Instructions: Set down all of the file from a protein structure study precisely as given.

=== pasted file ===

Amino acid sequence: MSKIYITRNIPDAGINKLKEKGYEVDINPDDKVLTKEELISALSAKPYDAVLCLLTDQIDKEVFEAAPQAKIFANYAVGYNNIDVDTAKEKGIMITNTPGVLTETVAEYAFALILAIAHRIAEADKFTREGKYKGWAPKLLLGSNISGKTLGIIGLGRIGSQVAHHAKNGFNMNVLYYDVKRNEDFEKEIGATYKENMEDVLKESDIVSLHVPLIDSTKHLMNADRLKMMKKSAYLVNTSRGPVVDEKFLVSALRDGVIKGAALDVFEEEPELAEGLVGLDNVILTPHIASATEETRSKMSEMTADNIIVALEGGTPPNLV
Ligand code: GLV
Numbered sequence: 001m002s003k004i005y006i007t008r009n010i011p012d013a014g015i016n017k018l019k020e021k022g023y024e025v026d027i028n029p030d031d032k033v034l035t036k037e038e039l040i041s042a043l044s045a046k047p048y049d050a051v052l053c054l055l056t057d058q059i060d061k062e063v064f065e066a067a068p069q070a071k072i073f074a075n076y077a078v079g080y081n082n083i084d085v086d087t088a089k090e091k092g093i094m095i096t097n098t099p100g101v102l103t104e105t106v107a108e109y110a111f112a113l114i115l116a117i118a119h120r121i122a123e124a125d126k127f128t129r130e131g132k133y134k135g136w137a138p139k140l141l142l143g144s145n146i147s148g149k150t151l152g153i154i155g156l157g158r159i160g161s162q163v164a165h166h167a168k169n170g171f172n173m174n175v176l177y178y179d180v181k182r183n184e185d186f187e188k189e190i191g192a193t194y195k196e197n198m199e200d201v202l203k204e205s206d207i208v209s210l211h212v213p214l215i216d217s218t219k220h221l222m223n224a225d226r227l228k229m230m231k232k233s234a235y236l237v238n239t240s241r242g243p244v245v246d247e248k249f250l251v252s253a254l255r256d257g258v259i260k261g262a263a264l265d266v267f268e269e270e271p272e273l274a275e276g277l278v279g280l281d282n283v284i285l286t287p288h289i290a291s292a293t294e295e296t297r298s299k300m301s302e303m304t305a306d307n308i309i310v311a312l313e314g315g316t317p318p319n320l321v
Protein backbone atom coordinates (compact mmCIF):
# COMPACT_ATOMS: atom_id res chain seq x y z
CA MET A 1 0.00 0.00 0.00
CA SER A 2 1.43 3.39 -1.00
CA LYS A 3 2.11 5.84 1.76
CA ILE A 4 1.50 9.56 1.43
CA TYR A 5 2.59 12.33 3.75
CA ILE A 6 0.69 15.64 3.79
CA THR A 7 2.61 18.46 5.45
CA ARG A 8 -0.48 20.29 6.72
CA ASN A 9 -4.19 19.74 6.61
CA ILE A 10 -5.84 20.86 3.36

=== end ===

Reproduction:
Amino acid sequence: MSKIYITRNIPDAGINKLKEKGYEVDINPDDKVLTKEELISALSAKPYDAVLCLLTDQIDKEVFEAAPQAKIFANYAVGYNNIDVDTAKEKGIMITNTPGVLTETVAEYAFALILAIAHRIAEADKFTREGKYKGWAPKLLLGSNISGKTLGIIGLGRIGSQVAHHAKNGFNMNVLYYDVKRNEDFEKEIGATYKENMEDVLKESDIVSLHVPLIDSTKHLMNADRLKMMKKSAYLVNTSRGPVVDEKFLVSALRDGVIKGAALDVFEEEPELAEGLVGLDNVILTPHIASATEETRSKMSEMTADNIIVALEGGTPPNLV
Ligand code: GLV
Numbered sequence: 001m002s003k004i005y006i007t008r009n010i011p012d013a014g015i016n017k018l019k020e021k022g023y024e025v026d027i028n029p030d031d032k033v034l035t036k037e038e039l040i041s042a043l044s045a046k047p048y049d050a051v052l053c054l055l056t057d058q059i060d061k062e063v064f065e066a067a068p069q070a071k072i073f074a075n076y077a078v079g080y081n082n083i084d085v086d087t088a089k090e091k092g093i094m095i096t097n098t099p100g101v102l103t104e105t106v107a108e109y110a111f112a113l114i115l116a117i118a119h120r121i122a123e124a125d126k127f128t129r130e131g132k133y134k135g136w137a138p139k140l141l142l143g144s145n146i147s148g149k150t151l152g153i154i155g156l157g158r159i160g161s162q163v164a165h166h167a168k169n170g171f172n173m174n175v176l177y178y179d180v181k182r183n184e185d186f187e188k189e190i191g192a193t194y195k196e197n198m199e200d201v202l203k204e205s206d207i208v209s210l211h212v213p214l215i216d217s218t219k220h221l222m223n224a225d226r227l228k229m230m231k232k233s234a235y236l237v238n239t240s241r242g243p244v245v246d247e248k249f250l251v252s253a254l255r256d257g258v259i260k261g262a263a264l265d266v267f268e269e270e271p272e273l274a275e276g277l278v279g280l281d282n283v284i285l286t287p288h289i290a291s292a293t294e295e296t297r298s299k300m301s302e303m304t305a306d307n308i309i310v311a312l313e314g315g316t317p318p319n320l321v
Protein backbone atom coordinates (compact mmCIF):
# COMPACT_ATOMS: atom_id res chain seq x y z
CA MET A 1 0.00 0.00 0.00
CA SER A 2 1.43 3.39 -1.00
CA LYS A 3 2.11 5.84 1.76
CA ILE A 4 1.50 9.56 1.43
CA TYR A 5 2.59 12.33 3.75
CA ILE A 6 0.69 15.64 3.79
CA THR A 7 2.61 18.46 5.45
CA ARG A 8 -0.48 20.29 6.72
CA ASN A 9 -4.19 19.74 6.61
CA ILE A 10 -5.84 20.86 3.36